Doctor Lovell Jones is the director of the Center for Research on Minority Health at MD Anderson. He says despite the many gains minorities have made in all facets of life, there are still big differences between those and Anglos when it comes to many diseases.
“The gaps in terms of access the gaps in terms of survival in terms of chronic diseases have not changed in the last two decades.”
Jones says these gaps can be found in almost every race.
“For instance, Vietnamese woman have six times the rate of cervical cancer. If you look at Houston in terms of breast cancer, African American women die four times that of white females. Hispanics in terms of the rate of diabetes, I mean the list goes on.”
Each race seems to be prone to or suffer from different problems, which makes finding solutions difficult. In one case the differences can be attributed to genetics, but in others the cause may be diet or the area in which the people live.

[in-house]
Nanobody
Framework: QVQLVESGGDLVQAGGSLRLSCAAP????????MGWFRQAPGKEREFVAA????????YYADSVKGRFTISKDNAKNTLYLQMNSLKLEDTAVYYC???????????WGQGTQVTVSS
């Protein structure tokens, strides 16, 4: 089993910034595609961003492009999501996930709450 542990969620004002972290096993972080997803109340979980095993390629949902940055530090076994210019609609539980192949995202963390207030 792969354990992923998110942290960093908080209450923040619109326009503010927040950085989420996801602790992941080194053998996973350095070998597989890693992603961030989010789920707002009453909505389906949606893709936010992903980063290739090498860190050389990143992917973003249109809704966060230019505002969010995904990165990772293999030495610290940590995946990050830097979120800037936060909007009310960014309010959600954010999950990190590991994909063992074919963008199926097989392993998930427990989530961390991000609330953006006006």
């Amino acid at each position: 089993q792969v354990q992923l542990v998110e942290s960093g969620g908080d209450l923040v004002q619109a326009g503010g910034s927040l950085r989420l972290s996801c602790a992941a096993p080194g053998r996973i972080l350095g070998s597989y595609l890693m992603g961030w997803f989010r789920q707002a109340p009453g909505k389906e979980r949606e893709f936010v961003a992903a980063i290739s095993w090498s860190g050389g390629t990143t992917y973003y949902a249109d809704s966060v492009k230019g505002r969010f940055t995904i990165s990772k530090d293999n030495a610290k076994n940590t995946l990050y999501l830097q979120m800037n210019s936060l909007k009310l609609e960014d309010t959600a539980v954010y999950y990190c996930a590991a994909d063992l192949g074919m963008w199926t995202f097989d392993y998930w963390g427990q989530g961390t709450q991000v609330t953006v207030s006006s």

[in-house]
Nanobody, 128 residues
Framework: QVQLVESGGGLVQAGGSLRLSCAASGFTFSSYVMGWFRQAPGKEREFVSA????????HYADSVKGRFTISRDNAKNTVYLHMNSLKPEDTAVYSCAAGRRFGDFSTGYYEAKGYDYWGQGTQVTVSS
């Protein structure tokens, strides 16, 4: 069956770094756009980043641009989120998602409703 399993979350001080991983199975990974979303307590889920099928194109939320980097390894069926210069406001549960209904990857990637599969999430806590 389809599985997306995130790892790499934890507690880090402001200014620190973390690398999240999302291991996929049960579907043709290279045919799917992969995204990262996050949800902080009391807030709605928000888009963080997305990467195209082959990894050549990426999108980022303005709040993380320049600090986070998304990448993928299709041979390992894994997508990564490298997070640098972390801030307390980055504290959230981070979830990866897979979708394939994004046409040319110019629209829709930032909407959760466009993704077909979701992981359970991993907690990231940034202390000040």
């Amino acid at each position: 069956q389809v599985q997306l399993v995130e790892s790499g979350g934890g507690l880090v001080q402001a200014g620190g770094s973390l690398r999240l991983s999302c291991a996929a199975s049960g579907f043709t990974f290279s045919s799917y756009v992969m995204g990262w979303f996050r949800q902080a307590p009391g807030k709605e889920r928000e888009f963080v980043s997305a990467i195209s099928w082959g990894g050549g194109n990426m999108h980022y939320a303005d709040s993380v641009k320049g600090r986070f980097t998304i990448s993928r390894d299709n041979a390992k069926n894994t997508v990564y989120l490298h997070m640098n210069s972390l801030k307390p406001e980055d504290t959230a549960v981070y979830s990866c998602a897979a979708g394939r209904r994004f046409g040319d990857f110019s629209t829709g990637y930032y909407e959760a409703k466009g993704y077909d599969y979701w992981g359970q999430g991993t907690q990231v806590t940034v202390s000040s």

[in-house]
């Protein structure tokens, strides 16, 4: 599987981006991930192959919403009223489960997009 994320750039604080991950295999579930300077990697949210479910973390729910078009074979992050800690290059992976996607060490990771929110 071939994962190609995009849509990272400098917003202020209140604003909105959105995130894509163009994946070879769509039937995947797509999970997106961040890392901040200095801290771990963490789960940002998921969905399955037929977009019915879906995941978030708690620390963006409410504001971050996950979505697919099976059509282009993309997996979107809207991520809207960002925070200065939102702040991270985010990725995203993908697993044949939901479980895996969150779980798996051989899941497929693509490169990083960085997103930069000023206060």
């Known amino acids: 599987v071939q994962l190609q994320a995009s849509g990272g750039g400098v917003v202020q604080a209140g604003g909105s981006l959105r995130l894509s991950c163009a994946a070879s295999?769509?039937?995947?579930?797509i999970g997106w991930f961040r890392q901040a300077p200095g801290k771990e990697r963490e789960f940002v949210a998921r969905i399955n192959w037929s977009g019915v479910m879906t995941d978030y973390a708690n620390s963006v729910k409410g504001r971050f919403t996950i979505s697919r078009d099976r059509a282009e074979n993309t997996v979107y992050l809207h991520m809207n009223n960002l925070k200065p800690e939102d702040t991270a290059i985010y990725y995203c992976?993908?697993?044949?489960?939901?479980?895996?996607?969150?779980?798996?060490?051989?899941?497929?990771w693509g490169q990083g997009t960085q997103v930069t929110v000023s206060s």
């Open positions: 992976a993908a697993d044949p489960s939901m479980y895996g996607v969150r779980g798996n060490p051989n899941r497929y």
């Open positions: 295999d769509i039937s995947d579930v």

“It’s a combination of factors. And so it’s just not one factor and that’s one of the things that the luncheons and the programs we have on going try to highlight that this is just not one size fits all.”
Today’s luncheon at the University of Houston MD Anderson Library.